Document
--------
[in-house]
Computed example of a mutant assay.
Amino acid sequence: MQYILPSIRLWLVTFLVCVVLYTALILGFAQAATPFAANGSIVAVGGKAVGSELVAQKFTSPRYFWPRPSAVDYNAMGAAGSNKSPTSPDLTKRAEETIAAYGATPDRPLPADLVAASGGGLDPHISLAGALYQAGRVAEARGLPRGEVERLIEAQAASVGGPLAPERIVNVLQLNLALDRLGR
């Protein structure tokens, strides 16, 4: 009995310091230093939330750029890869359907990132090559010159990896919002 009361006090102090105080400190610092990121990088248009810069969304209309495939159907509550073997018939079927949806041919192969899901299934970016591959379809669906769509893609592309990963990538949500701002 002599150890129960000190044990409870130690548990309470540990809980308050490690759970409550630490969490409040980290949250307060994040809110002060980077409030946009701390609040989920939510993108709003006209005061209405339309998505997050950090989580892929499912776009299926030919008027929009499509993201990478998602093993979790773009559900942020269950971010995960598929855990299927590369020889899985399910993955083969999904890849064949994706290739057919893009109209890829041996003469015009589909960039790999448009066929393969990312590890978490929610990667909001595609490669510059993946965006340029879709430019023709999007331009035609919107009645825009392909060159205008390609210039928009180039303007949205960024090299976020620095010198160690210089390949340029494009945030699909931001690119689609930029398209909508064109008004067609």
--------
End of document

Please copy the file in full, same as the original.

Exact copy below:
[in-house]
Computed example of a mutant assay.
Amino acid sequence: MQYILPSIRLWLVTFLVCVVLYTALILGFAQAATPFAANGSIVAVGGKAVGSELVAQKFTSPRYFWPRPSAVDYNAMGAAGSNKSPTSPDLTKRAEETIAAYGATPDRPLPADLVAASGGGLDPHISLAGALYQAGRVAEARGLPRGEVERLIEAQAASVGGPLAPERIVNVLQLNLALDRLGR
């Protein structure tokens, strides 16, 4: 009995310091230093939330750029890869359907990132090559010159990896919002 009361006090102090105080400190610092990121990088248009810069969304209309495939159907509550073997018939079927949806041919192969899901299934970016591959379809669906769509893609592309990963990538949500701002 002599150890129960000190044990409870130690548990309470540990809980308050490690759970409550630490969490409040980290949250307060994040809110002060980077409030946009701390609040989920939510993108709003006209005061209405339309998505997050950090989580892929499912776009299926030919008027929009499509993201990478998602093993979790773009559900942020269950971010995960598929855990299927590369020889899985399910993955083969999904890849064949994706290739057919893009109209890829041996003469015009589909960039790999448009066929393969990312590890978490929610990667909001595609490669510059993946965006340029879709430019023709999007331009035609919107009645825009392909060159205008390609210039928009180039303007949205960024090299976020620095010198160690210089390949340029494009945030699909931001690119689609930029398209909508064109008004067609």